Anatomic Variations in Pituitary Endocrinopathies: Implications for the Surgical Corridor

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Abstract

Objectives/Hypotheses

Functioning pituitary adenomas may produce endocrinopathies such as acromegaly and Cushing syndrome. Both conditions lead to characteristic anatomic variations as a result of hormonally induced abnormal soft tissue deposition. We evaluate the anatomic differences between acromegalics and Cushing disease patients and compare these dimensions to controls.

Design

Radiographic review of preoperative magnetic resonance images (MRI) of the pituitary gland.

Setting

Tertiary academic medical center.

Participants

Patients who underwent transnasal, transsphenoidal surgery for pituitary adenomas found to have acromegaly or pituitary Cushing between January 1, 2007 and September 1, 2015. A total of 15 patients with similar MRIs and no history of pituitary or sinonasal disease were selected as controls.

Main Outcome Measures

Dimensions assessed were intercarotid distance; carotid canal width; piriform aperture width; distance from the piriform aperture to the anterior face of the sphenoid; sphenoid sinus height, width, and length; angle from anterior nasal spine to anteroinferior face of sphenoid sinus; choanal height; and nasal cavity height at the level of the vertical segment of the middle turbinate. Sphenoid sinus pneumatization patterns were recorded.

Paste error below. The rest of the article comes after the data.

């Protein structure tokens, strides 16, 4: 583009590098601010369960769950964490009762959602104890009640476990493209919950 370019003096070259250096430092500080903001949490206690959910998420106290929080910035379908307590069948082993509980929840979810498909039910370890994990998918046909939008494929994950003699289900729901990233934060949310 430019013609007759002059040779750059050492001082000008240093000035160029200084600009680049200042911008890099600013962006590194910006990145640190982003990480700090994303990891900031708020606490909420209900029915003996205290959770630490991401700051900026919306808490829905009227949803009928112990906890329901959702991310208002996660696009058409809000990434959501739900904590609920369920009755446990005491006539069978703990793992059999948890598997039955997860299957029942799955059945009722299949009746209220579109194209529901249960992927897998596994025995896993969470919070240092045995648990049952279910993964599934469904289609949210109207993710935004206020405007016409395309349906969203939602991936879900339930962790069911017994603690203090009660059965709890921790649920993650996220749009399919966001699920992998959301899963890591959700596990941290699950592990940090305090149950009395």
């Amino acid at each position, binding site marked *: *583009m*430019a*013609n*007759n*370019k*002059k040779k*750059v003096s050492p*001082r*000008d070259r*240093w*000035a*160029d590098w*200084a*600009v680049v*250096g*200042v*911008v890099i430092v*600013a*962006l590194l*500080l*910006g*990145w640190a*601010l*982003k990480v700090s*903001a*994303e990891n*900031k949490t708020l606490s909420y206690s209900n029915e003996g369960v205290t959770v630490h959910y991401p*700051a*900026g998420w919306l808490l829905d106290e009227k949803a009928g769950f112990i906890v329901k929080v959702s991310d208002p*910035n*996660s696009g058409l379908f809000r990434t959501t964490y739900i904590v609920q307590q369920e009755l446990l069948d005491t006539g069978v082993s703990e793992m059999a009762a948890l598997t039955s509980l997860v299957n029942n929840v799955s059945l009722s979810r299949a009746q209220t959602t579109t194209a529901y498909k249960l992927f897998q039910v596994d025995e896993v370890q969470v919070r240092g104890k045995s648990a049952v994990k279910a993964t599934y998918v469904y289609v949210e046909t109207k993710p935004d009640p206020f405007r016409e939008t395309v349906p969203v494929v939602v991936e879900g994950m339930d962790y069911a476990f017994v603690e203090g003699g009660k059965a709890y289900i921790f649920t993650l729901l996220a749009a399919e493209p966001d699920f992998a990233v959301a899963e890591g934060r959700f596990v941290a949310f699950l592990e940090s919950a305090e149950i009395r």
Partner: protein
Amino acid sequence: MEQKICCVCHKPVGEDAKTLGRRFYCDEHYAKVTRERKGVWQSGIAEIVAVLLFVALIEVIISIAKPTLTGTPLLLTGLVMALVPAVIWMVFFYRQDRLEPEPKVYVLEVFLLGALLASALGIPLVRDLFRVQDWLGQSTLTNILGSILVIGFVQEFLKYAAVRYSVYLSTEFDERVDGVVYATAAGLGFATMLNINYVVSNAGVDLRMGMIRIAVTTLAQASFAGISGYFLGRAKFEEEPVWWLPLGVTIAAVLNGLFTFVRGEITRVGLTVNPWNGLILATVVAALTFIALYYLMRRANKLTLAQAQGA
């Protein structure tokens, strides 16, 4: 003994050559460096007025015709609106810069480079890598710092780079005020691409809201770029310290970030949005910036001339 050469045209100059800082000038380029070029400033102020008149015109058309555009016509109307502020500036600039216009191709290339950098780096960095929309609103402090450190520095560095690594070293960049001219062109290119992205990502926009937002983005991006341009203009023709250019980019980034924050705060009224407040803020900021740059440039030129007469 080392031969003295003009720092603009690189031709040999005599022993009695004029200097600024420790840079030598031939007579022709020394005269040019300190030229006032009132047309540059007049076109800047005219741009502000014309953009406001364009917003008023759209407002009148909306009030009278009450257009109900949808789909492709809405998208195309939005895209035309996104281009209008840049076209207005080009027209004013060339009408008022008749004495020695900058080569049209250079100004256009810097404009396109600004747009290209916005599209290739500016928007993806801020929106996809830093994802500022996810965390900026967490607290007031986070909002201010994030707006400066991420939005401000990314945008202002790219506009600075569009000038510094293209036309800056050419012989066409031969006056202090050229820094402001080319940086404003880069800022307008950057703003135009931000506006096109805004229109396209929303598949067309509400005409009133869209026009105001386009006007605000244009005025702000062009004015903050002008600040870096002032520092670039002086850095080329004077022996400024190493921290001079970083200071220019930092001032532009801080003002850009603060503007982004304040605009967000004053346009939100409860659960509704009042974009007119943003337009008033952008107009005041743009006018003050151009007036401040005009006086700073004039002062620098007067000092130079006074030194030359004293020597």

Results

There were 30 acromegalics and 31 Cushing disease patients. When compared with controls, both acromegalics and Cushing disease patients had significantly wider piriform apertures and a longer distance from the piriform aperture to the anterior face of the sphenoid sinus (p < 0.05). Acromegalics had a significantly less acute angle (19 ± 3 degrees) from the anterior nasal spine to the sphenoid (p < 0.05). Cushing disease patients had significantly lower sphenoid sinus length and shorter nasal cavity height (p < 0.05). There were no differences in intercarotid distance or carotid canal width.

Conclusions

As acromegalics and Cushing disease patients have known anatomic variations, the skull base surgeon should be aware of these differences and adapt their techniques and approaches as needed.

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